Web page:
26 September 2006

MST3K (404)

404 - Teenagers from Outer Space - From the title to the flying saucer's design to the jumpsuits to the rayguns to the giant monster, this is the quintessential '50s sci-fi movie. Coming out at the end of the decade, it's a Road House-like decade-capper for its genre. Given the pure, '50s goofiness it contains, it's pretty entertaining to watch on its own.

Betty: "Grandpa was so exhausted, he fell sound asleep with all of his clothes on." Joel: "And then he soiled himself." My favorite riffs from this ep were those directed at the nine-fingered grandfather. I'm pleased to see he returns in a couple of the Ed Wood movies coming in later seasons.

Aww... what a rip. An alien pulled up to the SOL in a super-boss skull ship, but the visitor was just a skeleton that immediately collapsed. Where's Mike, man? We haven't had a visit from him in ages. They made up for it in the last host segment. The fashion show of coveralls with duct tape trim was great, even if some of Joel's poses were extremely disturbing.

This episode sports a couple of behind-the-scenes firsts. It was Mary Jo Pehl's first show as a writer. Little did she know, five years later she'd take over as the main villain. This was also the first episode of the cable era not directed by Jim Mallon (well, not counting 324 in which he shared a credit with Mike). I don't think that I can detect either person's influence on this episode. It doesn't seem any different from the last one, to me. Maybe one of the newbies was to blame for the first host segment being out of order (it references stuff in the movie that we hadn't seen yet)? Anyway, not noticing any differences during these personnel switcheroos is a strength of the show. More on that when 513 rolls around.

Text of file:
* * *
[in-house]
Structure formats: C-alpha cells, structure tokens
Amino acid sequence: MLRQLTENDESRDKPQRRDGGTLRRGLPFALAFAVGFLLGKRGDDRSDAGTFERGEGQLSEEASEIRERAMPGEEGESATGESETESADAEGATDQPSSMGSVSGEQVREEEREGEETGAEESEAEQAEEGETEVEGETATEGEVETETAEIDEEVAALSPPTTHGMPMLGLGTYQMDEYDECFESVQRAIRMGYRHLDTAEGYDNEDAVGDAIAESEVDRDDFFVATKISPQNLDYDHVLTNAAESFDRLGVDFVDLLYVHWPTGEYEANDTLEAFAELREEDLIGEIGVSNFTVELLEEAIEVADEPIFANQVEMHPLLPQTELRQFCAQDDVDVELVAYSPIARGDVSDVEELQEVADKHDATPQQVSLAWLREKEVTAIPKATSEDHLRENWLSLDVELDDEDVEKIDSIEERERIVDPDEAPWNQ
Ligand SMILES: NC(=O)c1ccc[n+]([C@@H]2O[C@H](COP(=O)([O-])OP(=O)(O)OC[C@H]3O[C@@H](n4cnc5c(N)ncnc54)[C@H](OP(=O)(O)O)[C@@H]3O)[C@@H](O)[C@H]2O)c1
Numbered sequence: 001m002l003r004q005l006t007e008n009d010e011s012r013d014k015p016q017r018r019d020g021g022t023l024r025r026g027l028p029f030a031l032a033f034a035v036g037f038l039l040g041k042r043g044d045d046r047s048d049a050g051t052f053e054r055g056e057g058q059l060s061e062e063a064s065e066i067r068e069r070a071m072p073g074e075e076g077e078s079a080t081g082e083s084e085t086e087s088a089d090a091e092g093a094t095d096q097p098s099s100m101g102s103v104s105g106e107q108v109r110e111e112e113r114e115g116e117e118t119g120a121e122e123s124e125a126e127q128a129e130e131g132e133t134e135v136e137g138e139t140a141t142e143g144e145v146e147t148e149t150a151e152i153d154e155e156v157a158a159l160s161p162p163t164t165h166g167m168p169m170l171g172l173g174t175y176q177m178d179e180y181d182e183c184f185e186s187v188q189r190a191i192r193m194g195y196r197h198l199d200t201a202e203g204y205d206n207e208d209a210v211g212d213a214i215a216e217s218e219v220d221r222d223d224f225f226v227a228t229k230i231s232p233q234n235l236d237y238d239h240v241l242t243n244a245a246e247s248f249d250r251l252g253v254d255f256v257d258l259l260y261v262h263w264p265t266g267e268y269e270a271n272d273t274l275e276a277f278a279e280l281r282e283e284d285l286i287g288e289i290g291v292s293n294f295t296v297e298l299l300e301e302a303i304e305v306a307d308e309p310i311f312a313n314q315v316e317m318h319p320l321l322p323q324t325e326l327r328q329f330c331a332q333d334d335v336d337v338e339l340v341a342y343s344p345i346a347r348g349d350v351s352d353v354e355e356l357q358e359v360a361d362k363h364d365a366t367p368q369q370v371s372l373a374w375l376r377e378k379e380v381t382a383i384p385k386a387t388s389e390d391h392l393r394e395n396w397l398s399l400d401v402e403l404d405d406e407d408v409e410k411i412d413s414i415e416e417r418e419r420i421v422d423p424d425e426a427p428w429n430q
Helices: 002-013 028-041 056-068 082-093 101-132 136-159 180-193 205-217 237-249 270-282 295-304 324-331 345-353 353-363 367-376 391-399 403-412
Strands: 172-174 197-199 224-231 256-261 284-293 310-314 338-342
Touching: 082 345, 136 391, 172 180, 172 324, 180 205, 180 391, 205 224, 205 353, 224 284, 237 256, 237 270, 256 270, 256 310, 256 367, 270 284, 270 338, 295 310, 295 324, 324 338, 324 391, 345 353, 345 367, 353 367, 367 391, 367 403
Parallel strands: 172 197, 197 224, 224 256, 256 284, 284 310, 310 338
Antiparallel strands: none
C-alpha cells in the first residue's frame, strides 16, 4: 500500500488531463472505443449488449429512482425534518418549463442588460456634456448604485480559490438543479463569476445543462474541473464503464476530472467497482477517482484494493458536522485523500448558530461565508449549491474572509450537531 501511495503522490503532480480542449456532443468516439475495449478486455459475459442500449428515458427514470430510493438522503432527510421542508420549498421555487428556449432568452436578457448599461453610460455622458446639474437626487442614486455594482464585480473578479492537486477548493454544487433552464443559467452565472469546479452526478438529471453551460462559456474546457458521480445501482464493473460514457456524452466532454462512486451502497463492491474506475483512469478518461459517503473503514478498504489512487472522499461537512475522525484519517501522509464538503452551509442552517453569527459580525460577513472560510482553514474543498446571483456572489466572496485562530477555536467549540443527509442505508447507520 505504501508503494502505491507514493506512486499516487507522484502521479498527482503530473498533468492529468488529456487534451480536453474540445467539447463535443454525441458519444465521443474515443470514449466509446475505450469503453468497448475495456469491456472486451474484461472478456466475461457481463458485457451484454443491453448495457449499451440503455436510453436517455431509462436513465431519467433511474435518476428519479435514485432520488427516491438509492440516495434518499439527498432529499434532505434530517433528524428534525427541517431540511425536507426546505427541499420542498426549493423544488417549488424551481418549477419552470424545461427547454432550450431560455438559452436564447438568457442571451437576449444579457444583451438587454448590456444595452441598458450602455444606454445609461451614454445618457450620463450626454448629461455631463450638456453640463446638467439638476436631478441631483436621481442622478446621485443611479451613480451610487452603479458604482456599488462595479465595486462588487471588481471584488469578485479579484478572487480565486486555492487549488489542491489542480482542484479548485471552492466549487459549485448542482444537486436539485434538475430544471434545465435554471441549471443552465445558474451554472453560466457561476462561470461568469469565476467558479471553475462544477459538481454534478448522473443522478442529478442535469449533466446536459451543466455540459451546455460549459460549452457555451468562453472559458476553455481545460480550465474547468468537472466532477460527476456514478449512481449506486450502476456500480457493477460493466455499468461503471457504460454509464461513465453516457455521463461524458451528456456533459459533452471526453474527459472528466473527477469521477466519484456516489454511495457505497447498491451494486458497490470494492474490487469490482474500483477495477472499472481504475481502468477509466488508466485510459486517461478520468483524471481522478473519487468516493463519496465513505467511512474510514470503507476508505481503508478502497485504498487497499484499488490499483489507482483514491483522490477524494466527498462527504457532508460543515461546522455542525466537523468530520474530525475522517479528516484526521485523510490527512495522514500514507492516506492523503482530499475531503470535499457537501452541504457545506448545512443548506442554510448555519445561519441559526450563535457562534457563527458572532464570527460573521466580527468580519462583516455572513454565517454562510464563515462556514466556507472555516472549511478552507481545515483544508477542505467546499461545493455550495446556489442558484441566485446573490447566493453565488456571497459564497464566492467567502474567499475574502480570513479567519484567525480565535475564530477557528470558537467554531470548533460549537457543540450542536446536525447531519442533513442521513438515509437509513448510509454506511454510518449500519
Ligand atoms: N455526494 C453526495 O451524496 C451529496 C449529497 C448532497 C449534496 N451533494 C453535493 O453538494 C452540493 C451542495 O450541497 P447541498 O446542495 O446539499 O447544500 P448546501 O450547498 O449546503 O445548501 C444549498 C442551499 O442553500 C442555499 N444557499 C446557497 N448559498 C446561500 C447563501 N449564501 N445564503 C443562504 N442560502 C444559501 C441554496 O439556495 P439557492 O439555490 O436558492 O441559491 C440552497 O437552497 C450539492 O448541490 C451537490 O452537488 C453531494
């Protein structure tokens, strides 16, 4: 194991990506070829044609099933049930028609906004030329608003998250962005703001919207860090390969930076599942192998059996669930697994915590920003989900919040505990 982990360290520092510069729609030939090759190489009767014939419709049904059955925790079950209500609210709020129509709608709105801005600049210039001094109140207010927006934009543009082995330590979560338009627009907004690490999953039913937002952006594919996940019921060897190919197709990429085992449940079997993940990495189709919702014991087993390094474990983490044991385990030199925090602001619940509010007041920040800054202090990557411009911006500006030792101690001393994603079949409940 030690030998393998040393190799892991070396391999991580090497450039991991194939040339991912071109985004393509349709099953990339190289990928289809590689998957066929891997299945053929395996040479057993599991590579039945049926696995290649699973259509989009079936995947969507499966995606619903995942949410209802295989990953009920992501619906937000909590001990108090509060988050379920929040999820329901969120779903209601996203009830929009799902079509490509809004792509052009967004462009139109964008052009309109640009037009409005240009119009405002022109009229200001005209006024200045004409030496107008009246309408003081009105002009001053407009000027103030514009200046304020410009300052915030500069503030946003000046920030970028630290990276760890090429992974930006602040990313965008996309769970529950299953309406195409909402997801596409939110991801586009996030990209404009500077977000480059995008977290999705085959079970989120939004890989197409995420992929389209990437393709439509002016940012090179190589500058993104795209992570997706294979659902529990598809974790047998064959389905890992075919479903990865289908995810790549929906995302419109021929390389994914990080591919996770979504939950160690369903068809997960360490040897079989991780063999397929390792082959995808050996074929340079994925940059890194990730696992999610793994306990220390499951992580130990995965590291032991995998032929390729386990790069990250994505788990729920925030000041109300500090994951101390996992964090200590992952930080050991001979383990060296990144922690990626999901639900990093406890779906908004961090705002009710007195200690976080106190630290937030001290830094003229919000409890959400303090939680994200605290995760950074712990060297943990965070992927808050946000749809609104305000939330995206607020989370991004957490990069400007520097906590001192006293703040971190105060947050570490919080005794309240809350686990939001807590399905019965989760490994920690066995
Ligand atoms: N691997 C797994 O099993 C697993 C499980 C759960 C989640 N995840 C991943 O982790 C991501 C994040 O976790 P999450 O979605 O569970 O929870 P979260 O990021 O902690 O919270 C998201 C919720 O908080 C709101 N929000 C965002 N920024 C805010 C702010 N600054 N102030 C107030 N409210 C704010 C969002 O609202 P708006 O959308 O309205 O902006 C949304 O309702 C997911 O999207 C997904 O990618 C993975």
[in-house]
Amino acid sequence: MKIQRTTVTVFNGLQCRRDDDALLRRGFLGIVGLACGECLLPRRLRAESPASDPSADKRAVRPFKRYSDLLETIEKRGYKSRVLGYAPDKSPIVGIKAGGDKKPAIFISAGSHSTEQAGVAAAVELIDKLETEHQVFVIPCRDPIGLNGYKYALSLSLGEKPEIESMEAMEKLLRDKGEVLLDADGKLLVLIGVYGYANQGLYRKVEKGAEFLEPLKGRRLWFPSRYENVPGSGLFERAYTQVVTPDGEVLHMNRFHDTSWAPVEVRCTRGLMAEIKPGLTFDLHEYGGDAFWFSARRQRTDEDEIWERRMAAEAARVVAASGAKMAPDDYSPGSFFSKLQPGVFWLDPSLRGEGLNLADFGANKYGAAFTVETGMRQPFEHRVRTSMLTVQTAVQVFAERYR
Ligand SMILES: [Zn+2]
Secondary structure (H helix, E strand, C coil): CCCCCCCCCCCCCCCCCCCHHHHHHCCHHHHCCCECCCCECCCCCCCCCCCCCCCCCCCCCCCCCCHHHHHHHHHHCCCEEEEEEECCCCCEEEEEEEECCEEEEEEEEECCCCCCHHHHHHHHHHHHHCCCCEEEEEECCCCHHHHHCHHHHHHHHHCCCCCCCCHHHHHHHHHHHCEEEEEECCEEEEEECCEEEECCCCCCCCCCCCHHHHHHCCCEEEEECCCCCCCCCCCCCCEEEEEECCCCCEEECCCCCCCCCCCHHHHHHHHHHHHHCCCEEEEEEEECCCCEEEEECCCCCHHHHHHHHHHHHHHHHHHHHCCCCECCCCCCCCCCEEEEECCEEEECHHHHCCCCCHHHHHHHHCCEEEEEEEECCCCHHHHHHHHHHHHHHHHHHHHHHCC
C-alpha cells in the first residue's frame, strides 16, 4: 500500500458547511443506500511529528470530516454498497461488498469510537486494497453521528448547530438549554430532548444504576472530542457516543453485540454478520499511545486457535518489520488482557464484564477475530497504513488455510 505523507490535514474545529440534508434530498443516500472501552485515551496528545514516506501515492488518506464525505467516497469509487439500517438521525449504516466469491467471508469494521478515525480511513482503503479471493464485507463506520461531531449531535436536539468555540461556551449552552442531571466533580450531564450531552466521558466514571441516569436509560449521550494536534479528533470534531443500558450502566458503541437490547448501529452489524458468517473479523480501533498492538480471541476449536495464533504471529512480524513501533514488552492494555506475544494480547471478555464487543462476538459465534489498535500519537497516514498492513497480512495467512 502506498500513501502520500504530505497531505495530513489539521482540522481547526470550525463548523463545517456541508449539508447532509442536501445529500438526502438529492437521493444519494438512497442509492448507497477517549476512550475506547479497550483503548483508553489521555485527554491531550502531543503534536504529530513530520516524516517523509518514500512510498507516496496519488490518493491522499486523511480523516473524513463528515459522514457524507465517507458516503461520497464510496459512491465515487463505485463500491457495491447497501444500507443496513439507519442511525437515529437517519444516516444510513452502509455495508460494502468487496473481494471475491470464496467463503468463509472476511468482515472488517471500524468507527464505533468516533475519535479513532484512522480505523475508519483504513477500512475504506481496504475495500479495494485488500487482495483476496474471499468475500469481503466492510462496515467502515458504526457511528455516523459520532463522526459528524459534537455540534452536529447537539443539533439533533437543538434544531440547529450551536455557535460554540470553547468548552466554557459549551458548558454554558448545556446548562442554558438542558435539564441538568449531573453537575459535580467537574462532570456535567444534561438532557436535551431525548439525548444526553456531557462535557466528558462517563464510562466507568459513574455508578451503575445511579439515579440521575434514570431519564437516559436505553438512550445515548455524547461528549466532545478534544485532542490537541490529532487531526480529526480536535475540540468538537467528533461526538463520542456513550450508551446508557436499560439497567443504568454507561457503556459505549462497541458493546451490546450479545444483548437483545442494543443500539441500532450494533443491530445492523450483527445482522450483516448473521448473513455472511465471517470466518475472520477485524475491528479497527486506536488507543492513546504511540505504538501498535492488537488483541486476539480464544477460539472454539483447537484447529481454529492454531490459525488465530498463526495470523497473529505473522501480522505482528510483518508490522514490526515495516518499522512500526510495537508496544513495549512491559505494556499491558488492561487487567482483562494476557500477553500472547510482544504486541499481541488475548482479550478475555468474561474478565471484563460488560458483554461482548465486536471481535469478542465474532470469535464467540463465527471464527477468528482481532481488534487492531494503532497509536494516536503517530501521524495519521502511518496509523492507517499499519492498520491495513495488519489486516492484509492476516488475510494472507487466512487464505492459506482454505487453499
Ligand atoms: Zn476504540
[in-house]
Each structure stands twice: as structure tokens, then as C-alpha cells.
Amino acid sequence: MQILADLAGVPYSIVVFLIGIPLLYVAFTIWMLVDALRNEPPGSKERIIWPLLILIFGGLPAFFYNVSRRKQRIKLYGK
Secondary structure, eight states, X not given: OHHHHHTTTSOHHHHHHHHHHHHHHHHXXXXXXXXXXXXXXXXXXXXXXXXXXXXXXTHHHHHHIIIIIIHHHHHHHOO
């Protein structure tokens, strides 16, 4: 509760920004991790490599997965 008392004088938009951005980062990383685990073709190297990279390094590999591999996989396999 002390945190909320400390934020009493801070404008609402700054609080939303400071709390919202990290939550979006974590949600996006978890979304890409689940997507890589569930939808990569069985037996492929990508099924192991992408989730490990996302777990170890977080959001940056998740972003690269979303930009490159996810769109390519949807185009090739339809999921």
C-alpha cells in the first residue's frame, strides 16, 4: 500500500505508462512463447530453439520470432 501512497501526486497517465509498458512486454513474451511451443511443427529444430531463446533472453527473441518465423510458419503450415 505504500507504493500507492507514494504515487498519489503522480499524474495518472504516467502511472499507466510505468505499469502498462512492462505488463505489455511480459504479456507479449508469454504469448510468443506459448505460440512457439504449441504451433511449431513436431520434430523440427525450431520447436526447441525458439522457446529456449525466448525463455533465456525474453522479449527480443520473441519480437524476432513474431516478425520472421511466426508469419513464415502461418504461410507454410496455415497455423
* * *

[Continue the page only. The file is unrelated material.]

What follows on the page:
Weird. There's a music cue ~52 minutes into the episode that sounds really familiar. During the scene in which Thor is almost passing out on the operating table, the music sounds very similar to that played when Mills learns "what's in the box" at the end of Se7en. They both use that "tweee-EEE-tweee-EEE" screechy violin sound with some scary bass notes underneath.

"Wait until you see my tongues." (7/10)

film d. Tom Graeff (1959)
mst d. Kevin Murphy (27 Jun 1992)